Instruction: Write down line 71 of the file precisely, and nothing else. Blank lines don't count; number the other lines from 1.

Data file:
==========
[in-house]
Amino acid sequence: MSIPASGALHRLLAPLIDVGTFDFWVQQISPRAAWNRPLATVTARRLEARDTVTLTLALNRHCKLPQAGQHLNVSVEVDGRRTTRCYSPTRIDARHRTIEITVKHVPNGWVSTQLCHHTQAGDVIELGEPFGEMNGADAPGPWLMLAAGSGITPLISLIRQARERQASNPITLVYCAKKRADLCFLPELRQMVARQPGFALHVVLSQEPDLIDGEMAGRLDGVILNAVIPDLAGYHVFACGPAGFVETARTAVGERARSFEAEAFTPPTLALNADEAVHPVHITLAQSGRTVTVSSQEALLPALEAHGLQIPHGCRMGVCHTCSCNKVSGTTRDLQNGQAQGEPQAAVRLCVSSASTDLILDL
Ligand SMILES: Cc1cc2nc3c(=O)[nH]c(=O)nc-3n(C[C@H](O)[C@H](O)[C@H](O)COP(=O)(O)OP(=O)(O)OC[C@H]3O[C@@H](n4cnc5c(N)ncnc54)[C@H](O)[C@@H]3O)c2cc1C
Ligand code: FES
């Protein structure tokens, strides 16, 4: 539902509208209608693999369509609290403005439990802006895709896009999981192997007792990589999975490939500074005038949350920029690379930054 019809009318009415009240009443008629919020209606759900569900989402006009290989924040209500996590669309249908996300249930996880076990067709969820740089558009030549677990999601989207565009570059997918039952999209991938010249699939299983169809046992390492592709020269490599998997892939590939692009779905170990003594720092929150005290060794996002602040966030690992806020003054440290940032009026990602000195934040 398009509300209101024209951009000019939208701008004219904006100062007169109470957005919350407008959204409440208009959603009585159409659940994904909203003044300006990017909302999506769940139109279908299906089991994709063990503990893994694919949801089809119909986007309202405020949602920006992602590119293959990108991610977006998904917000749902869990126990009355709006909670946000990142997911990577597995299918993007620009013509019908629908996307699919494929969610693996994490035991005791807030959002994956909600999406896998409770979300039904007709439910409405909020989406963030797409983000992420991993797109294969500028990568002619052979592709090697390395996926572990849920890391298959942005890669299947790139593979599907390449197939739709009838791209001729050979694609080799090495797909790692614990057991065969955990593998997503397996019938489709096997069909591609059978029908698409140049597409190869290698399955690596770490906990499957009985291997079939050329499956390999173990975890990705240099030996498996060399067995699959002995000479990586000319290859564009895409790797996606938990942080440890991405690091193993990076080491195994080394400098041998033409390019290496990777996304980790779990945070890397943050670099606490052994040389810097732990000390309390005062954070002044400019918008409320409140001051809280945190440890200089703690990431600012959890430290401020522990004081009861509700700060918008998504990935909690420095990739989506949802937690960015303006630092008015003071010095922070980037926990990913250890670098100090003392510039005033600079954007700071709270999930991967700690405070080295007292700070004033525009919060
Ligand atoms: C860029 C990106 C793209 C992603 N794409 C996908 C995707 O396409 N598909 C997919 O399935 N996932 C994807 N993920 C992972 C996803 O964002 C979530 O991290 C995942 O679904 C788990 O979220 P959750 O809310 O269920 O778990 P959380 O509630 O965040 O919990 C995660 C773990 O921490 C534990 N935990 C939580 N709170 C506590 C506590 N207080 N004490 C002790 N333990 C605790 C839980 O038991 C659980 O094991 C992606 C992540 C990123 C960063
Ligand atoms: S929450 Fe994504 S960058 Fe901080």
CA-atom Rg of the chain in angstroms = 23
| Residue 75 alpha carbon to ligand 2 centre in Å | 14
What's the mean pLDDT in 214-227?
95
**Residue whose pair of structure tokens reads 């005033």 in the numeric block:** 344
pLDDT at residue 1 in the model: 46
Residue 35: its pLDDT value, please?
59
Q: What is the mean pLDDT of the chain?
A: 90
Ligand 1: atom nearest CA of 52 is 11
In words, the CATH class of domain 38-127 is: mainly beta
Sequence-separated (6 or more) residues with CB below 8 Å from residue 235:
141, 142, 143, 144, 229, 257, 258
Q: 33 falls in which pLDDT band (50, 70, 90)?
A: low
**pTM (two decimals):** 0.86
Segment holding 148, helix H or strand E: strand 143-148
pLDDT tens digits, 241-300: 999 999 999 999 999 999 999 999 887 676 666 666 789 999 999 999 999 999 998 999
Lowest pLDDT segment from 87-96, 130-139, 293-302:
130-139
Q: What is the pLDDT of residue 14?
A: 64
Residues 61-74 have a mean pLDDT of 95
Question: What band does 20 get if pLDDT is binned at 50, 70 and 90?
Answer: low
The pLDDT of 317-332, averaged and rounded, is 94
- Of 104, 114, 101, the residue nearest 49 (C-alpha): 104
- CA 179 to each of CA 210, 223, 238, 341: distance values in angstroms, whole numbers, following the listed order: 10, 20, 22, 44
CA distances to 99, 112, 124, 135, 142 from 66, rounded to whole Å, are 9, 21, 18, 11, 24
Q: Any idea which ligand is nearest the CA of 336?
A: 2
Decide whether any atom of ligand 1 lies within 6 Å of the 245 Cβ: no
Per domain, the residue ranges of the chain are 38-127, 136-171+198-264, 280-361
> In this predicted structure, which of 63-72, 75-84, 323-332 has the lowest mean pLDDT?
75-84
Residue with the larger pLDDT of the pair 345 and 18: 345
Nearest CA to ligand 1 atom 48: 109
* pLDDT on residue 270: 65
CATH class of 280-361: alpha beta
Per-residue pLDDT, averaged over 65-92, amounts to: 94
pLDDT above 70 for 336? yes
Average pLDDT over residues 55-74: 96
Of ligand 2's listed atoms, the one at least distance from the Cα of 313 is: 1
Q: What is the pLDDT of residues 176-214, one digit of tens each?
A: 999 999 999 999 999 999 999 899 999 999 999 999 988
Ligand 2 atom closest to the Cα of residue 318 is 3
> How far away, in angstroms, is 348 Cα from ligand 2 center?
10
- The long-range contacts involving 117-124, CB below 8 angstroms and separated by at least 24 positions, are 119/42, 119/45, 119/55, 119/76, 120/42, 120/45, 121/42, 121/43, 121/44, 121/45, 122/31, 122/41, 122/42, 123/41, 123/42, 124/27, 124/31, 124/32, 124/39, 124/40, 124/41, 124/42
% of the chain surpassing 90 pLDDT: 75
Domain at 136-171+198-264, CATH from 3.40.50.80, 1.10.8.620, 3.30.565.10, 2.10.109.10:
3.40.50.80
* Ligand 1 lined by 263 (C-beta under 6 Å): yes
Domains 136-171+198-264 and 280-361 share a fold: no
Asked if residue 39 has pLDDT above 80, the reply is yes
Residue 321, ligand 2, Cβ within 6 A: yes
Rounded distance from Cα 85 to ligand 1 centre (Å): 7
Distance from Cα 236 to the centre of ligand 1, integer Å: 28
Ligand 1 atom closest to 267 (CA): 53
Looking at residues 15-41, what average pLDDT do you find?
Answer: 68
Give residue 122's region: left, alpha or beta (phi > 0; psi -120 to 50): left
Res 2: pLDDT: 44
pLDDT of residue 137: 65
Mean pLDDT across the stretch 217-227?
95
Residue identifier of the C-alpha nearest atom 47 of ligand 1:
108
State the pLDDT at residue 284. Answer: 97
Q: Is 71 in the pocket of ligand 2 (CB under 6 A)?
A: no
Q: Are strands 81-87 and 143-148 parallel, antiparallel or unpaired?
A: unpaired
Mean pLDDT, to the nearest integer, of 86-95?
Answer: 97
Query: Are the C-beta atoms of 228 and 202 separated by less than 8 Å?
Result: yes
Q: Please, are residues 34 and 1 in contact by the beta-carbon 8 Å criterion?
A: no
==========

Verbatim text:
Res 2: pLDDT: 44